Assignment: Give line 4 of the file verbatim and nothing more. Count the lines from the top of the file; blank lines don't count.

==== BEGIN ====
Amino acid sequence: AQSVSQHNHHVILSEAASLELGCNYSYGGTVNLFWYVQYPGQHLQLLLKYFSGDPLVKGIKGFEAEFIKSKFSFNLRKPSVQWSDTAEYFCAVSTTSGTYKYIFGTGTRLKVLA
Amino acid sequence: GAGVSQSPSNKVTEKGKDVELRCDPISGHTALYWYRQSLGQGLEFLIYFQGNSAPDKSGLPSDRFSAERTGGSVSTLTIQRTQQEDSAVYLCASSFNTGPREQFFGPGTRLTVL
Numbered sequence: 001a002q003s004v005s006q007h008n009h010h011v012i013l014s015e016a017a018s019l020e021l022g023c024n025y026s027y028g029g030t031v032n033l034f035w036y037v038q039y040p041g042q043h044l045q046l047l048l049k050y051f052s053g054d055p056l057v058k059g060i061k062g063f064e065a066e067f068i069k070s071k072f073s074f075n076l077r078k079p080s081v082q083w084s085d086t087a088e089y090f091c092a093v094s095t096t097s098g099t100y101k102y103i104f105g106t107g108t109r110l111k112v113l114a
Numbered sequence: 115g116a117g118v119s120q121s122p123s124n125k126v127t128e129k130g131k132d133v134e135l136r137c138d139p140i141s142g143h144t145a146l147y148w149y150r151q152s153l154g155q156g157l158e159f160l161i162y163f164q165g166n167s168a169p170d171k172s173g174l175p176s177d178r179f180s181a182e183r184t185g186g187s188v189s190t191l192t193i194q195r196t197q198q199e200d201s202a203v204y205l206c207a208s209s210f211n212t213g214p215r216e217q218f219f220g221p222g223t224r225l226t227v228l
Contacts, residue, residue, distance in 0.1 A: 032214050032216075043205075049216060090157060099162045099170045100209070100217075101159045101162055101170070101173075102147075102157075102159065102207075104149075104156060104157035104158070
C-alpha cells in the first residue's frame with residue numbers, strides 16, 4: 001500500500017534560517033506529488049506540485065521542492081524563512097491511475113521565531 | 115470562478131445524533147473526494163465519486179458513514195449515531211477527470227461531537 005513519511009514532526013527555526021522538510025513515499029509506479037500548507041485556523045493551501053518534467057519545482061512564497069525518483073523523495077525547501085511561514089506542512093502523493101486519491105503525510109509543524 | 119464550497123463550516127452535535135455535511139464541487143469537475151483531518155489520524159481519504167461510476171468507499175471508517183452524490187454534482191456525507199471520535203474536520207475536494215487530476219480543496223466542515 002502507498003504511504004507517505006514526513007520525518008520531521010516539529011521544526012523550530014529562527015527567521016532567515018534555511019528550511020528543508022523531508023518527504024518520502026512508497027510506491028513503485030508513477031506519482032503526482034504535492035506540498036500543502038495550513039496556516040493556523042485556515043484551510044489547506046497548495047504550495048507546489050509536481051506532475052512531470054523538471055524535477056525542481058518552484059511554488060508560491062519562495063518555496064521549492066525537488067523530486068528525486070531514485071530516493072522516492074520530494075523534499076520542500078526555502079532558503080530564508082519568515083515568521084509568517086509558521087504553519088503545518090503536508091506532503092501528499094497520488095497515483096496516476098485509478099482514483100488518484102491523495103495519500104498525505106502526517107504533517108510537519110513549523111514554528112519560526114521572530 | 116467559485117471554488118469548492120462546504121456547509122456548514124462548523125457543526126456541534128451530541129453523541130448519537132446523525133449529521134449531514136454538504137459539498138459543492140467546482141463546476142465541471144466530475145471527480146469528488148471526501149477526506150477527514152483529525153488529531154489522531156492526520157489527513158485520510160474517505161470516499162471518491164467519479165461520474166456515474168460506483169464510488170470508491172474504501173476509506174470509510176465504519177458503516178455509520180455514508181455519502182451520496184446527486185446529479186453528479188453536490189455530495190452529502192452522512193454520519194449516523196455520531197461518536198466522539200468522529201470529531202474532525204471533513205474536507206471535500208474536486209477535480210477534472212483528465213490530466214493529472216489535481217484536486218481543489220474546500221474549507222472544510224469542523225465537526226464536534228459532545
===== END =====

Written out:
Numbered sequence: 115g116a117g118v119s120q121s122p123s124n125k126v127t128e129k130g131k132d133v134e135l136r137c138d139p140i141s142g143h144t145a146l147y148w149y150r151q152s153l154g155q156g157l158e159f160l161i162y163f164q165g166n167s168a169p170d171k172s173g174l175p176s177d178r179f180s181a182e183r184t185g186g187s188v189s190t191l192t193i194q195r196t197q198q199e200d201s202a203v204y205l206c207a208s209s210f211n212t213g214p215r216e217q218f219f220g221p222g223t224r225l226t227v228l